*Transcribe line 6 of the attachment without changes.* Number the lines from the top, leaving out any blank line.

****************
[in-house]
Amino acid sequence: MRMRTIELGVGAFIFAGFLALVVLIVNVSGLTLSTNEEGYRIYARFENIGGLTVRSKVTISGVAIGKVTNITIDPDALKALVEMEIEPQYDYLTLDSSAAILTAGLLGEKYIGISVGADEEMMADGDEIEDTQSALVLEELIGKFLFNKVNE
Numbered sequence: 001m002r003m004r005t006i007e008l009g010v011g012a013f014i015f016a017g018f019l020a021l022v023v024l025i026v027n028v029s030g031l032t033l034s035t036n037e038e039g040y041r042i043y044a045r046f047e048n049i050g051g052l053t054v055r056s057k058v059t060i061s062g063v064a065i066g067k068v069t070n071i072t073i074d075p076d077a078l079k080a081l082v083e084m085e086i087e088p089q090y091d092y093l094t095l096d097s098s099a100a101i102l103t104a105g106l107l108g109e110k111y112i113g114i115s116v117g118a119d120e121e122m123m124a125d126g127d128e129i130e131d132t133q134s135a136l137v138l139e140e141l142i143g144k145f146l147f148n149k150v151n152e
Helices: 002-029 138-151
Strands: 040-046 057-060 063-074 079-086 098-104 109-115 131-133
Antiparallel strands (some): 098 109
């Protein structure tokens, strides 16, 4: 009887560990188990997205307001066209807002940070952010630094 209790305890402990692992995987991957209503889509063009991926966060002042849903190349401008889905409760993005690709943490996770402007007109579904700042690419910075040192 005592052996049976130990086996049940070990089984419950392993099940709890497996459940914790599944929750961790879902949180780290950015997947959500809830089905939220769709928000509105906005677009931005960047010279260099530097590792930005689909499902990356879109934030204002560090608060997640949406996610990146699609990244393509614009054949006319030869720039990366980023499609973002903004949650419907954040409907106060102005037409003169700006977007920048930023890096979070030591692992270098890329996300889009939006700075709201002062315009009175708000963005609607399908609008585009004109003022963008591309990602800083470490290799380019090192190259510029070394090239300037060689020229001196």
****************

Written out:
Antiparallel strands (some): 098 109